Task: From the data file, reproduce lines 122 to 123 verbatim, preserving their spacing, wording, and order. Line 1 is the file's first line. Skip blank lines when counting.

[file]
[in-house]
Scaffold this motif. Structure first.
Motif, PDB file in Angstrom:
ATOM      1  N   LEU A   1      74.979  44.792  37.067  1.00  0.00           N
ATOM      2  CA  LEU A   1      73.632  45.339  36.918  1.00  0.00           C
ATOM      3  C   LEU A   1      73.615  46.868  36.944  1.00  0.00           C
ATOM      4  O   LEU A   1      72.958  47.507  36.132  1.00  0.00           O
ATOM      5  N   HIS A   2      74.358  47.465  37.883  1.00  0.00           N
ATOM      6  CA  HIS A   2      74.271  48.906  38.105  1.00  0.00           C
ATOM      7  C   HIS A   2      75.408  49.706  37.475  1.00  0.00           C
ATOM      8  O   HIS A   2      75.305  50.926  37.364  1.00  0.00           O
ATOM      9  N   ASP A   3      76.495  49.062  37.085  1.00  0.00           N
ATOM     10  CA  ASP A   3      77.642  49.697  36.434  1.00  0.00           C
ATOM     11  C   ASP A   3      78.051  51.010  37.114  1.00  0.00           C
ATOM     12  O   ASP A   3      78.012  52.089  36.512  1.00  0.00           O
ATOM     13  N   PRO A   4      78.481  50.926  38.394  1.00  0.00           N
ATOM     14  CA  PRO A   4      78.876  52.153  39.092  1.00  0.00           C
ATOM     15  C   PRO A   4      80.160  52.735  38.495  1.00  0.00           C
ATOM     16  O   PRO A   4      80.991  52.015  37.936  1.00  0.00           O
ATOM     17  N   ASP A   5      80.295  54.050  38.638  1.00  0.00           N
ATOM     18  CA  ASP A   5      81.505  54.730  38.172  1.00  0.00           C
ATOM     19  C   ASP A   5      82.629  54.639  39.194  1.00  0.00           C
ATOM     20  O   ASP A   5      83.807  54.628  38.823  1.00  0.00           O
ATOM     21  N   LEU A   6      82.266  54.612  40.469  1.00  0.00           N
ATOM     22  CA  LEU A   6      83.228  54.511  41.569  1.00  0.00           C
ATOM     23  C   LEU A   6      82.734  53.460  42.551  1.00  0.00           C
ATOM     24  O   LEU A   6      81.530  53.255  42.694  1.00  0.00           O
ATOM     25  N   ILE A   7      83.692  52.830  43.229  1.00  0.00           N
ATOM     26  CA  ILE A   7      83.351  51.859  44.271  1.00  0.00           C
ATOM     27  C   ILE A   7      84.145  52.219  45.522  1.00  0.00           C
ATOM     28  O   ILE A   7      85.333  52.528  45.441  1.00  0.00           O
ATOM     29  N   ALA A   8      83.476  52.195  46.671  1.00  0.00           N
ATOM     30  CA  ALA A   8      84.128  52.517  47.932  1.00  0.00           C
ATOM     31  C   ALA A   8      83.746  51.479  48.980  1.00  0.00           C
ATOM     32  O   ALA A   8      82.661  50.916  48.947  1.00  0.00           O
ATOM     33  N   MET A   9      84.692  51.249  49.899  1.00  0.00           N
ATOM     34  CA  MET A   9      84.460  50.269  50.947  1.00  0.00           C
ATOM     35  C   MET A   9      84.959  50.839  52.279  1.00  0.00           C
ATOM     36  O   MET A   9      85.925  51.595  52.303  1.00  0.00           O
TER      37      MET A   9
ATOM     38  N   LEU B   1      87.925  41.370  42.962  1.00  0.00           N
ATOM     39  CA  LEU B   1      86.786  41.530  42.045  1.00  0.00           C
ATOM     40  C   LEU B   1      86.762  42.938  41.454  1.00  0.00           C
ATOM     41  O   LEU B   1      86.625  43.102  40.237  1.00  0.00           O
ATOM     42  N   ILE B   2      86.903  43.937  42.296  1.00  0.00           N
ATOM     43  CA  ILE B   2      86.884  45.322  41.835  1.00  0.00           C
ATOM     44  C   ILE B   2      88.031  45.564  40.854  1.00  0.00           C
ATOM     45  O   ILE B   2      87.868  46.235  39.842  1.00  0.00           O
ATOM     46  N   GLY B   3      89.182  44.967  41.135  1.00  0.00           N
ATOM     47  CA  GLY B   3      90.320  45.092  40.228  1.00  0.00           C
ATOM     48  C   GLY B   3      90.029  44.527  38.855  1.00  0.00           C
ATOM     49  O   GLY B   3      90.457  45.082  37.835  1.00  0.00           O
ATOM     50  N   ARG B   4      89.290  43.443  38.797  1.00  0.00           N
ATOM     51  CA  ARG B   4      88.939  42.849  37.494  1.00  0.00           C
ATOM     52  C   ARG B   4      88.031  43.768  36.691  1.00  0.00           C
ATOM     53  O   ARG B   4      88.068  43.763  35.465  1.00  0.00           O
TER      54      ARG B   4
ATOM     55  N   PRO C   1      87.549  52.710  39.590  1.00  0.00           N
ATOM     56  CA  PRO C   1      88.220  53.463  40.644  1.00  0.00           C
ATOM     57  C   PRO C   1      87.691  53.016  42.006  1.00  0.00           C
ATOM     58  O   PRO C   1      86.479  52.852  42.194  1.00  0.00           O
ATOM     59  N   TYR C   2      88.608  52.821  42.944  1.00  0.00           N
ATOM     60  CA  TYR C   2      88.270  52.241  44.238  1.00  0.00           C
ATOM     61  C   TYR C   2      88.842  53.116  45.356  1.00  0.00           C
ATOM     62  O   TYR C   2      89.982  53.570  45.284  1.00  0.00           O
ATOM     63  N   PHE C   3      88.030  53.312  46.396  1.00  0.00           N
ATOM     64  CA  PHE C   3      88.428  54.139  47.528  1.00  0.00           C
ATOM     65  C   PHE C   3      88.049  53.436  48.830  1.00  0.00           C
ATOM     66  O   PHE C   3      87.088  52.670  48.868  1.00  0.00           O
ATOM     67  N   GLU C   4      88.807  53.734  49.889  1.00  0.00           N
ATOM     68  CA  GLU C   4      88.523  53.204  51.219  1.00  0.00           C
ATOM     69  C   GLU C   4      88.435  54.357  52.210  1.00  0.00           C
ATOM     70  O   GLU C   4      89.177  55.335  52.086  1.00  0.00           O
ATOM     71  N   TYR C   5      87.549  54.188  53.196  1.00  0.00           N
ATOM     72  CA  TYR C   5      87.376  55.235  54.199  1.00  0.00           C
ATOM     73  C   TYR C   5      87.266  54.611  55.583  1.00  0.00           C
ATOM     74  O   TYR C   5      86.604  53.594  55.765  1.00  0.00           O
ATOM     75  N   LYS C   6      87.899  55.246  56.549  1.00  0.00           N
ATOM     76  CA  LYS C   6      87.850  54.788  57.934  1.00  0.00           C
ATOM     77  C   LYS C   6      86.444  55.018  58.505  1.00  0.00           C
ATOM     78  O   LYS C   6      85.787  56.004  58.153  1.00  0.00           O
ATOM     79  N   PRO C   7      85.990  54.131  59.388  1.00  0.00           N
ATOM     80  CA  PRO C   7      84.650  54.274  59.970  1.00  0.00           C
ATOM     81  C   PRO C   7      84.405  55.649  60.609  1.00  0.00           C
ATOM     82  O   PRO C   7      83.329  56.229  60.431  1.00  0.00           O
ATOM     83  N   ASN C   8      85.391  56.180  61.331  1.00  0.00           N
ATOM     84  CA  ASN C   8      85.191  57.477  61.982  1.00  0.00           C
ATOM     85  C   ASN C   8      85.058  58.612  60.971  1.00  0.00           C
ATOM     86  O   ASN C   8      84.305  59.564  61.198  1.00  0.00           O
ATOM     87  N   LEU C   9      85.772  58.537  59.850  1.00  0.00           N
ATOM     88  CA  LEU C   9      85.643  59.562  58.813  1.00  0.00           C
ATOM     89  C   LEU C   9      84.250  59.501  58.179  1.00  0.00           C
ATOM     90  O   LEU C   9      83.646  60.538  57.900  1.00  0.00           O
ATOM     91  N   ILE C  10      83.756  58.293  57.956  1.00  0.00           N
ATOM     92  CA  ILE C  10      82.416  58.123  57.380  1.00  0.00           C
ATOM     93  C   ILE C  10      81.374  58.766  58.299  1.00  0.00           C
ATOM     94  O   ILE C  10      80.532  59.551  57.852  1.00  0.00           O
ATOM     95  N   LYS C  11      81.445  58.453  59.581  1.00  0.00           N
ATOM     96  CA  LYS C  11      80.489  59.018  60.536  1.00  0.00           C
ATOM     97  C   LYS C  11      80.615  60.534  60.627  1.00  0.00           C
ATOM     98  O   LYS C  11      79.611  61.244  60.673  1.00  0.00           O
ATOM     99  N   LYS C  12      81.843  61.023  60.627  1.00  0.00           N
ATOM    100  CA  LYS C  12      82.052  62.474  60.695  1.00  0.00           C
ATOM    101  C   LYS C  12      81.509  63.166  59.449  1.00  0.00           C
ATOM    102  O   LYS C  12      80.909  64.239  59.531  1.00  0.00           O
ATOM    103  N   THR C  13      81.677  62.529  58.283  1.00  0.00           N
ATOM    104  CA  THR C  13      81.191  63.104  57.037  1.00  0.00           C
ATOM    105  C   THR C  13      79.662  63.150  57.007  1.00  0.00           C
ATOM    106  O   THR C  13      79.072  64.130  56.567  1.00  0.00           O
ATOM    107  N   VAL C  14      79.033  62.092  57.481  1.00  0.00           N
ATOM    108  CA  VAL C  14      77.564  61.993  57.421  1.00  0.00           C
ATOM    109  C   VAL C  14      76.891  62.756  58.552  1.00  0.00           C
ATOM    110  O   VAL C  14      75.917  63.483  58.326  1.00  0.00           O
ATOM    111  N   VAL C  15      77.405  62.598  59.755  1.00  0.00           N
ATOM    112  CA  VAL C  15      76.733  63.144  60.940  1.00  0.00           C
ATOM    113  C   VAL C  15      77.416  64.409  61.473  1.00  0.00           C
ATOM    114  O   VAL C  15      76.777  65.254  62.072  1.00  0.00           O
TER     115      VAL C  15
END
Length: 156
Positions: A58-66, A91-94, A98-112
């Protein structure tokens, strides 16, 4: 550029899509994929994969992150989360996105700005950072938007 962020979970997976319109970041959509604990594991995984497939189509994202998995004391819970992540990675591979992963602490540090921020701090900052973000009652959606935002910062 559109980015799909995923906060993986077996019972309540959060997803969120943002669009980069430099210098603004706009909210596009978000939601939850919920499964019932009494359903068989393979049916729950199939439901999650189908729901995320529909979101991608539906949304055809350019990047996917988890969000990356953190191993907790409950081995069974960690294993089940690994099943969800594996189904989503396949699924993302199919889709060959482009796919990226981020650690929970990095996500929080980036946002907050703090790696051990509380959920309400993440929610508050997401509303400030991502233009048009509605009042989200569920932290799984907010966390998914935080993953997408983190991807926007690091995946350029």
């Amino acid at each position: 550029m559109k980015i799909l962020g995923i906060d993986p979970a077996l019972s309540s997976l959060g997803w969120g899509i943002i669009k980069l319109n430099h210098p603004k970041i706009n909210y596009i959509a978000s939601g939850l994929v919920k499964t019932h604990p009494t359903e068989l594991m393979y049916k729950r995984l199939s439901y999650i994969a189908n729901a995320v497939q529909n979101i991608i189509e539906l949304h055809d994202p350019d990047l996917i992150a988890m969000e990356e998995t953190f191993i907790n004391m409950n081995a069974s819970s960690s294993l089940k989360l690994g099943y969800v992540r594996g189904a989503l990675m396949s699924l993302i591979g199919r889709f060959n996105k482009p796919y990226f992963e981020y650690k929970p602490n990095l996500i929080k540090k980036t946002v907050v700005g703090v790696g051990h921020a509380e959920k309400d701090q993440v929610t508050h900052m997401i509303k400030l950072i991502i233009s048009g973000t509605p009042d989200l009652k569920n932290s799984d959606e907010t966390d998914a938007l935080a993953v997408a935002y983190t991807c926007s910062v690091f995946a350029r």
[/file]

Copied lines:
């Protein structure tokens, strides 16, 4: 550029899509994929994969992150989360996105700005950072938007 962020979970997976319109970041959509604990594991995984497939189509994202998995004391819970992540990675591979992963602490540090921020701090900052973000009652959606935002910062 559109980015799909995923906060993986077996019972309540959060997803969120943002669009980069430099210098603004706009909210596009978000939601939850919920499964019932009494359903068989393979049916729950199939439901999650189908729901995320529909979101991608539906949304055809350019990047996917988890969000990356953190191993907790409950081995069974960690294993089940690994099943969800594996189904989503396949699924993302199919889709060959482009796919990226981020650690929970990095996500929080980036946002907050703090790696051990509380959920309400993440929610508050997401509303400030991502233009048009509605009042989200569920932290799984907010966390998914935080993953997408983190991807926007690091995946350029």
């Amino acid at each position: 550029m559109k980015i799909l962020g995923i906060d993986p979970a077996l019972s309540s997976l959060g997803w969120g899509i943002i669009k980069l319109n430099h210098p603004k970041i706009n909210y596009i959509a978000s939601g939850l994929v919920k499964t019932h604990p009494t359903e068989l594991m393979y049916k729950r995984l199939s439901y999650i994969a189908n729901a995320v497939q529909n979101i991608i189509e539906l949304h055809d994202p350019d990047l996917i992150a988890m969000e990356e998995t953190f191993i907790n004391m409950n081995a069974s819970s960690s294993l089940k989360l690994g099943y969800v992540r594996g189904a989503l990675m396949s699924l993302i591979g199919r889709f060959n996105k482009p796919y990226f992963e981020y650690k929970p602490n990095l996500i929080k540090k980036t946002v907050v700005g703090v790696g051990h921020a509380e959920k309400d701090q993440v929610t508050h900052m997401i509303k400030l950072i991502i233009s048009g973000t509605p009042d989200l009652k569920n932290s799984d959606e907010t966390d998914a938007l935080a993953v997408a935002y983190t991807c926007s910062v690091f995946a350029r």